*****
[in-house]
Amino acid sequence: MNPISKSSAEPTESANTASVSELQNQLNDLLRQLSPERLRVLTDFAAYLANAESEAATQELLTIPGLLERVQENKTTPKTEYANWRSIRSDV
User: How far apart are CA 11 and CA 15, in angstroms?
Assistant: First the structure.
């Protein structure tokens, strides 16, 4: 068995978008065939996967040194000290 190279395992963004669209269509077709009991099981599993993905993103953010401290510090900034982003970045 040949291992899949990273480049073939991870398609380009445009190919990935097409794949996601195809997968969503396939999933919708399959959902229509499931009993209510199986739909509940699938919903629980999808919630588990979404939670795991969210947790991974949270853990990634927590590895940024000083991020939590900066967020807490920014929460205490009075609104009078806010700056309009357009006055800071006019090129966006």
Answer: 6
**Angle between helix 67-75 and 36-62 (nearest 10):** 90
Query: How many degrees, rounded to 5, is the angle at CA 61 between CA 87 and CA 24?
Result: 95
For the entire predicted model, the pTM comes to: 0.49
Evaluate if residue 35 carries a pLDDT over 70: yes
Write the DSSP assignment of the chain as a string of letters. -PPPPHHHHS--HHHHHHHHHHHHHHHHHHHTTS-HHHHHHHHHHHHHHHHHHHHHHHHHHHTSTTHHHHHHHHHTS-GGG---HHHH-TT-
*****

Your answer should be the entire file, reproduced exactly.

[in-house]
Amino acid sequence: MNPISKSSAEPTESANTASVSELQNQLNDLLRQLSPERLRVLTDFAAYLANAESEAATQELLTIPGLLERVQENKTTPKTEYANWRSIRSDV
User: How far apart are CA 11 and CA 15, in angstroms?
Assistant: First the structure.
């Protein structure tokens, strides 16, 4: 068995978008065939996967040194000290 190279395992963004669209269509077709009991099981599993993905993103953010401290510090900034982003970045 040949291992899949990273480049073939991870398609380009445009190919990935097409794949996601195809997968969503396939999933919708399959959902229509499931009993209510199986739909509940699938919903629980999808919630588990979404939670795991969210947790991974949270853990990634927590590895940024000083991020939590900066967020807490920014929460205490009075609104009078806010700056309009357009006055800071006019090129966006």
Answer: 6
**Angle between helix 67-75 and 36-62 (nearest 10):** 90
Query: How many degrees, rounded to 5, is the angle at CA 61 between CA 87 and CA 24?
Result: 95
For the entire predicted model, the pTM comes to: 0.49
Evaluate if residue 35 carries a pLDDT over 70: yes
Write the DSSP assignment of the chain as a string of letters. -PPPPHHHHS--HHHHHHHHHHHHHHHHHHHTTS-HHHHHHHHHHHHHHHHHHHHHHHHHHHTSTTHHHHHHHHHTS-GGG---HHHH-TT-